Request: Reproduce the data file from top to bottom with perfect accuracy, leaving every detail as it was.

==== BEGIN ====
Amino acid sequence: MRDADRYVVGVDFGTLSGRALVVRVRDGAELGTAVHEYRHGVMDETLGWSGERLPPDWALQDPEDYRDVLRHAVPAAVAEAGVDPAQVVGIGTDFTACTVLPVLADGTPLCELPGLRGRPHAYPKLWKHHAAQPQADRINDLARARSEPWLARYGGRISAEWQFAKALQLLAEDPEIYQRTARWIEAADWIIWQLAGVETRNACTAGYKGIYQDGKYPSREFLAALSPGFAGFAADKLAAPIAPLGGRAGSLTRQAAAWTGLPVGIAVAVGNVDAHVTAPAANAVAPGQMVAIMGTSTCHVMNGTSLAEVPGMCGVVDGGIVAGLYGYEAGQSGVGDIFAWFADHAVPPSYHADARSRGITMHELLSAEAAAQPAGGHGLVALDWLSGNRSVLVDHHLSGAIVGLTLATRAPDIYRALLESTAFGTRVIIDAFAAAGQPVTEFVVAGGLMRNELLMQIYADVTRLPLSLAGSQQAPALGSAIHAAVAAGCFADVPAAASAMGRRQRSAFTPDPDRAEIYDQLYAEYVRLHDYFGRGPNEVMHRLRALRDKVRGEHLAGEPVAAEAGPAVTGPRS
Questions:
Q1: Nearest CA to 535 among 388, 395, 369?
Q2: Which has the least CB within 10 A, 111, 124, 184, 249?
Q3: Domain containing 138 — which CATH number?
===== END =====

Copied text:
Amino acid sequence: MRDADRYVVGVDFGTLSGRALVVRVRDGAELGTAVHEYRHGVMDETLGWSGERLPPDWALQDPEDYRDVLRHAVPAAVAEAGVDPAQVVGIGTDFTACTVLPVLADGTPLCELPGLRGRPHAYPKLWKHHAAQPQADRINDLARARSEPWLARYGGRISAEWQFAKALQLLAEDPEIYQRTARWIEAADWIIWQLAGVETRNACTAGYKGIYQDGKYPSREFLAALSPGFAGFAADKLAAPIAPLGGRAGSLTRQAAAWTGLPVGIAVAVGNVDAHVTAPAANAVAPGQMVAIMGTSTCHVMNGTSLAEVPGMCGVVDGGIVAGLYGYEAGQSGVGDIFAWFADHAVPPSYHADARSRGITMHELLSAEAAAQPAGGHGLVALDWLSGNRSVLVDHHLSGAIVGLTLATRAPDIYRALLESTAFGTRVIIDAFAAAGQPVTEFVVAGGLMRNELLMQIYADVTRLPLSLAGSQQAPALGSAIHAAVAAGCFADVPAAASAMGRRQRSAFTPDPDRAEIYDQLYAEYVRLHDYFGRGPNEVMHRLRALRDKVRGEHLAGEPVAAEAGPAVTGPRS
Questions:
Q1: Nearest CA to 535 among 388, 395, 369?
Q2: Which has the least CB within 10 A, 111, 124, 184, 249?
Q3: Domain containing 138 — which CATH number?